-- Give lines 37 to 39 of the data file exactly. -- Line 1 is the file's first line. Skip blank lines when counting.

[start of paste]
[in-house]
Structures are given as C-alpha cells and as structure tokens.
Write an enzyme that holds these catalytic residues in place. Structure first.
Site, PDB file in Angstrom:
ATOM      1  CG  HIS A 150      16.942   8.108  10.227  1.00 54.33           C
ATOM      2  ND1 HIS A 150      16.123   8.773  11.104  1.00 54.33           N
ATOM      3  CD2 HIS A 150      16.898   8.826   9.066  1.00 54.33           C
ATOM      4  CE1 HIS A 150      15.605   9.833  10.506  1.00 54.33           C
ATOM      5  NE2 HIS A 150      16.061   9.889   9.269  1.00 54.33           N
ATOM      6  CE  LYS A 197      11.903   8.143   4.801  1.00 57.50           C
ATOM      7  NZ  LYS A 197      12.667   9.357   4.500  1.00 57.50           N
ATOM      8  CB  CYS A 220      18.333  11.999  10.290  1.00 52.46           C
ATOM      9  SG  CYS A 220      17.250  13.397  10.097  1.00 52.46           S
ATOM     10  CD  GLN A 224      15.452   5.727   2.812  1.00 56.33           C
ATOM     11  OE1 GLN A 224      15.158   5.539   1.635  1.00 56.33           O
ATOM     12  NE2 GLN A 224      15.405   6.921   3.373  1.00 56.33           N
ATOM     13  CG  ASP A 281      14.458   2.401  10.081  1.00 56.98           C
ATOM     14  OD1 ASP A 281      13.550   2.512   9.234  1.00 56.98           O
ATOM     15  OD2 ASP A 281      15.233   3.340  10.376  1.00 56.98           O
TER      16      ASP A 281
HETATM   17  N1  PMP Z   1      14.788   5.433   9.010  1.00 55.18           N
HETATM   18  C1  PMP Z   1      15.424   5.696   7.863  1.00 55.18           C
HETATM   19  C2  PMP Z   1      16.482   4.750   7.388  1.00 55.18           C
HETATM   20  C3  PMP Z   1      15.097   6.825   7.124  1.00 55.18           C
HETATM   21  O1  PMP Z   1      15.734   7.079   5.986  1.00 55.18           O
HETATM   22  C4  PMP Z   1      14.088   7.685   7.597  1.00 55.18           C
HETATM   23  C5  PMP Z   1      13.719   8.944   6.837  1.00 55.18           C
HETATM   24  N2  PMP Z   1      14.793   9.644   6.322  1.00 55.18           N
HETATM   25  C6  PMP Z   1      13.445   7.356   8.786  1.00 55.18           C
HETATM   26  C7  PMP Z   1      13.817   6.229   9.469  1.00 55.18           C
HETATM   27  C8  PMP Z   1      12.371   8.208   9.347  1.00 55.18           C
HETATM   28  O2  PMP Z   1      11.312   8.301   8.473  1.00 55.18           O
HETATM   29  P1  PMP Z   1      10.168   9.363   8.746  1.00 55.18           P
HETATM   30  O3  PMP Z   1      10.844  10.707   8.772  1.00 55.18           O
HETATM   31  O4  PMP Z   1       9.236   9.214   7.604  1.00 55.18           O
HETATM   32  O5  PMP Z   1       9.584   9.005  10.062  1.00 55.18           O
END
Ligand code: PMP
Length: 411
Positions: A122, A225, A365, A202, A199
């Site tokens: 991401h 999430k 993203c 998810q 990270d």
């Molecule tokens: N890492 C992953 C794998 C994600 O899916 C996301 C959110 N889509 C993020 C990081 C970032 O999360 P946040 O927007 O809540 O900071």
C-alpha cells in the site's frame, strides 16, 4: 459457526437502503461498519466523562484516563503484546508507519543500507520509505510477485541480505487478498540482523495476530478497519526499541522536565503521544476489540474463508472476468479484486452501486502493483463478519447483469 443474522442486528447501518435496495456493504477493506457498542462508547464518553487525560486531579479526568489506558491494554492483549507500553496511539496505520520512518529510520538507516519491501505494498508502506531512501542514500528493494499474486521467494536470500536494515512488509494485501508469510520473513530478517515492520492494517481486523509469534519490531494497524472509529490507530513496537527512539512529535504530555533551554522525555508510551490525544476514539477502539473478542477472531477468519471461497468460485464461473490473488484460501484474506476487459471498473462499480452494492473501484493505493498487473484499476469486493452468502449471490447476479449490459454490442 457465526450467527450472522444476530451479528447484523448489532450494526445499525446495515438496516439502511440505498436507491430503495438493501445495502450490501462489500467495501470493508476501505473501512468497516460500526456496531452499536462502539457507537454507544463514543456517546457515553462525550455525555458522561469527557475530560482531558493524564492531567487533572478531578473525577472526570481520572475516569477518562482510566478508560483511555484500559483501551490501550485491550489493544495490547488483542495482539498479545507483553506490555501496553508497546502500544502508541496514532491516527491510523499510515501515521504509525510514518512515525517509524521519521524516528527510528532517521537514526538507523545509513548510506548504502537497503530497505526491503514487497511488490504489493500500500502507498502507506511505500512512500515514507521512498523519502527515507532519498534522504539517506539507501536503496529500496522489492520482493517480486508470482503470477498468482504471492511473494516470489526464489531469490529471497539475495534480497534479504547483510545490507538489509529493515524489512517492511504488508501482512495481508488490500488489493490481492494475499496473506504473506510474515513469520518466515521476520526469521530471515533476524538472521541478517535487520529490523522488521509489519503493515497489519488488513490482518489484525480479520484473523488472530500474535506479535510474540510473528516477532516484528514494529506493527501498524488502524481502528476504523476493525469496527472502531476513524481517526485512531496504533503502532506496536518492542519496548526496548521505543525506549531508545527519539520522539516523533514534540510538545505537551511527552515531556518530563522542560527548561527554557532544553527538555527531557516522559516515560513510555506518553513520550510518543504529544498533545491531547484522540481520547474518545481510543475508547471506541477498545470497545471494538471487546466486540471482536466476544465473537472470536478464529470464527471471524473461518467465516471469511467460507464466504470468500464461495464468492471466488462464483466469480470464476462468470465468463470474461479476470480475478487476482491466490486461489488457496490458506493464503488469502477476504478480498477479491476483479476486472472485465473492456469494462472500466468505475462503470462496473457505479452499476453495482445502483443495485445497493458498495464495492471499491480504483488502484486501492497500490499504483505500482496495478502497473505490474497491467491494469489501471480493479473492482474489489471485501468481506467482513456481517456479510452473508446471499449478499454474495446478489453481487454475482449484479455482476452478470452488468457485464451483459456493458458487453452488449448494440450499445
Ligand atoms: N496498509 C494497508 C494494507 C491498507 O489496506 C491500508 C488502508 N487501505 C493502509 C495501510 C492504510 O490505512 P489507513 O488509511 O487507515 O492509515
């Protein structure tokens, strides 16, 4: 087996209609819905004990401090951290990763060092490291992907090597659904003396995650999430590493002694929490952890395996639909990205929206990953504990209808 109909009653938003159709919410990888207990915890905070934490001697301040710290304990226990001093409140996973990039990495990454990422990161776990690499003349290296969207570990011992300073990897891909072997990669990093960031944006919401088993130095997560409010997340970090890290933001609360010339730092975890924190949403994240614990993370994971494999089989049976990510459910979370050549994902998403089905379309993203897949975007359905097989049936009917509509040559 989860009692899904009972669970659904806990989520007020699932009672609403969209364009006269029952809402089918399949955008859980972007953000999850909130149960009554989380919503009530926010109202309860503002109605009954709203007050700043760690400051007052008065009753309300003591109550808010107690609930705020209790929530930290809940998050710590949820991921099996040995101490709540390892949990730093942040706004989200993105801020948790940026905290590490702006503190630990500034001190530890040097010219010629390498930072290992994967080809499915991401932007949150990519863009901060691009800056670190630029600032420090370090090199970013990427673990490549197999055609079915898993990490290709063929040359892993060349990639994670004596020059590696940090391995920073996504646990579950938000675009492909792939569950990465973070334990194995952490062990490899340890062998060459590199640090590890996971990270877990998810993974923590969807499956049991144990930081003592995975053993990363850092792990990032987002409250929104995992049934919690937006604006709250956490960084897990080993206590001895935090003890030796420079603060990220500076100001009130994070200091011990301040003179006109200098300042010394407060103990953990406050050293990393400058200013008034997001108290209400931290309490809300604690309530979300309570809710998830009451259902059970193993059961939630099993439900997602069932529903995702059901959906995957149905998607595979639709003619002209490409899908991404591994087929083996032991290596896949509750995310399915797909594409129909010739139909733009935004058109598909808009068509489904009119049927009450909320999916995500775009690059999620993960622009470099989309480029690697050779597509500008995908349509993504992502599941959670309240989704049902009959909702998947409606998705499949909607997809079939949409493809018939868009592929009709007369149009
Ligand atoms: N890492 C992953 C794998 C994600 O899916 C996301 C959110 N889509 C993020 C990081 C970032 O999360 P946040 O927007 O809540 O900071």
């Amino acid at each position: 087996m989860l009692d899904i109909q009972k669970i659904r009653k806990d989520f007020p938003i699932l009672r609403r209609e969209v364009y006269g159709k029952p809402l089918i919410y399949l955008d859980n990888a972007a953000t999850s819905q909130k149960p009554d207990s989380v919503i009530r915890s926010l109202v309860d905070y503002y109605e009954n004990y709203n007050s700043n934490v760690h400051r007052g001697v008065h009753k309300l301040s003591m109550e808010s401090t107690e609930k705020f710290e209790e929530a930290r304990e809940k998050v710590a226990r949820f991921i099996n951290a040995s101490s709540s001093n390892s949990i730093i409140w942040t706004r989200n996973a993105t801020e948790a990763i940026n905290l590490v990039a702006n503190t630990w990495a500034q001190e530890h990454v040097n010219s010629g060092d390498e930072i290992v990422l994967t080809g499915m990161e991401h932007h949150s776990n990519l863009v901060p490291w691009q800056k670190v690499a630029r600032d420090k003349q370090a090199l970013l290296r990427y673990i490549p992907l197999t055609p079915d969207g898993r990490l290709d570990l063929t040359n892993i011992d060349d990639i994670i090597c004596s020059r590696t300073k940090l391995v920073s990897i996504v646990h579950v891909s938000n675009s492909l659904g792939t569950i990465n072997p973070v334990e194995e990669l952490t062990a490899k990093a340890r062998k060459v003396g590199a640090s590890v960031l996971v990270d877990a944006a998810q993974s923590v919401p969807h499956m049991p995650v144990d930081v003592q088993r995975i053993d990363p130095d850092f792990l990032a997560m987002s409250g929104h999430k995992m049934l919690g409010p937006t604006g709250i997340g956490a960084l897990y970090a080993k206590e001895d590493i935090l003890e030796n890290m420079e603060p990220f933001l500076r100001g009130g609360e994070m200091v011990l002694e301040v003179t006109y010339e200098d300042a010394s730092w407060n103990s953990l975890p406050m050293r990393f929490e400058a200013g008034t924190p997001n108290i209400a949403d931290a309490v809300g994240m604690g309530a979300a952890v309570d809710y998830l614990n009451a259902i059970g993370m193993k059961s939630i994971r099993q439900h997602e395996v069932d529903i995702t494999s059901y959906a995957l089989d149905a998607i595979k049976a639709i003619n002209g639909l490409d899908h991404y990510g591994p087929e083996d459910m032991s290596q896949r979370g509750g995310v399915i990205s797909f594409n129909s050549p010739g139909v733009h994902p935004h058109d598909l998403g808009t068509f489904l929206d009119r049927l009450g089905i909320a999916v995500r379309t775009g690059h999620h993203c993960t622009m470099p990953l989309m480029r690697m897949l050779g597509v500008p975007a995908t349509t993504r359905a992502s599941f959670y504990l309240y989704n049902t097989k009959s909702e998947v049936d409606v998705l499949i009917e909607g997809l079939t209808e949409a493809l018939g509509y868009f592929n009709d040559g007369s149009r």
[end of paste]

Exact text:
END
Ligand code: PMP
Length: 411